Openly challenging Rome, despite the unambiguous response from Cardinal Müller, is another German and member of the Congregation for the Doctrine of the Faith, Cardinal Walter Kasper. Publicly stating that the Church rules will soon be changed and that divorced and remarried Catholics will be permitted to receive Communion, Kasper recently said that “Christians who want to live by faith with the Church, who acknowledge that they have made mistakes by the breaking of the first marriage, which they also regret – for them it should be a way back fully to participate in Christian and ecclesial life.” (Life Site News, December 20, 2013).
It is interesting to note that none of this is new for Kasper. Back in 1993, when still a diocesan bishop, Kasper and two fellow bishops issued “pastoral instructions” to their diocesan priests advising them to give Holy Communion to divorced and civilly remarried Catholics. Cardinal Joseph Ratzinger, then prefect of the Congregation for the Doctrine of the Faith, forced the German bishops to rescind their policy.
Doctrine and Pastoral Care are the Same Thing
Earlier I said that there is an immensely important battle, a spiritual battle, currently being waged within the Church. One perspective is held by Cardinal Müller. The orthodox position argues for the permanency of doctrine. It also opposes a false dichotomy which pits Church teachings against pastoral initiatives. This was articulated beautifully by Müller earlier this week:
“Doctrine and pastoral care are the same thing. Jesus Christ as pastor and Jesus Christ as teacher with his word are not two different people…There is no solution, since church dogma isn’t just some theory created by some theologians;” but instead it is “the word of Jesus Christ, which is very clear. I cannot change church doctrine.”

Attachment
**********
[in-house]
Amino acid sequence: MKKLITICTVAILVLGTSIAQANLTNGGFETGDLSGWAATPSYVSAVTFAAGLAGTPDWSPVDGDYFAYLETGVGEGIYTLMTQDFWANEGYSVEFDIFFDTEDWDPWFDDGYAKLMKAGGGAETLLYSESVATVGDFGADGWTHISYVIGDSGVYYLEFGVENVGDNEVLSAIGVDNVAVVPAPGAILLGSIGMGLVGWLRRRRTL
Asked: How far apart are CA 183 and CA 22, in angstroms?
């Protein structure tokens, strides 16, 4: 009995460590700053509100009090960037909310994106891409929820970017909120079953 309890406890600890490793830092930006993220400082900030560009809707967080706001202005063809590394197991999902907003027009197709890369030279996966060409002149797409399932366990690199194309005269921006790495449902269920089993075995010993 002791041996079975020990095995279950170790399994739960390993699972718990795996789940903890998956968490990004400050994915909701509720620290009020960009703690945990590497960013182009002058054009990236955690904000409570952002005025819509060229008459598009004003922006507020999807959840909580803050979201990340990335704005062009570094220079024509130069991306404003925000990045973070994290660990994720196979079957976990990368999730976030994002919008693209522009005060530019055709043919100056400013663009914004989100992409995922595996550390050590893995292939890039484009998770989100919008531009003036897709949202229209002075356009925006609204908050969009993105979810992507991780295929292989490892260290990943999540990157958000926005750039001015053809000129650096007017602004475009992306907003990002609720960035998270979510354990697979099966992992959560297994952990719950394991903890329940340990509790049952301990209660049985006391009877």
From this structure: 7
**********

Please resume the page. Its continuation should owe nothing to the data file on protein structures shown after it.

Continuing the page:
Countering this is the view expressed by Cardinal Óscar Rodríguez Maradiaga of the Holy Father’s “Gang of 8”. In a now infamous speech given in Dallas, Texas last October Cardinal Maradiaga argued the heterodox position that, far from permanency in doctrine, even a declared heresy can change over time:
“The Second Vatican Council was the main event in the Church in the 20th Century. In principle, it meant an end to the hostilities between the Church and modernism, which was condemned in the First Vatican Council. On the contrary: neither the world is the realm of evil and sin –these are conclusions clearly achieved in Vatican II—nor is the Church the sole refuge of good and virtue.
Modernism was, most of the time, a reaction against injustices and abuses that disparaged the dignity and the rights of the person. The Vatican II Council officially acknowledged that things had changed, and captured the need for such a change in its Documents…”
It’s Müller Time
In the coming months Cardinal Müller will be tested. The Holy Father will be tested. Couched within the compelling language of compassion offered by many will be an assault on the truth. The clarity and courage with which the prefect of the Congregation for the Doctrine of the Faith speaks will be a necessity. Pray that orthodoxy will be defended.
Photo Courtesy of CNS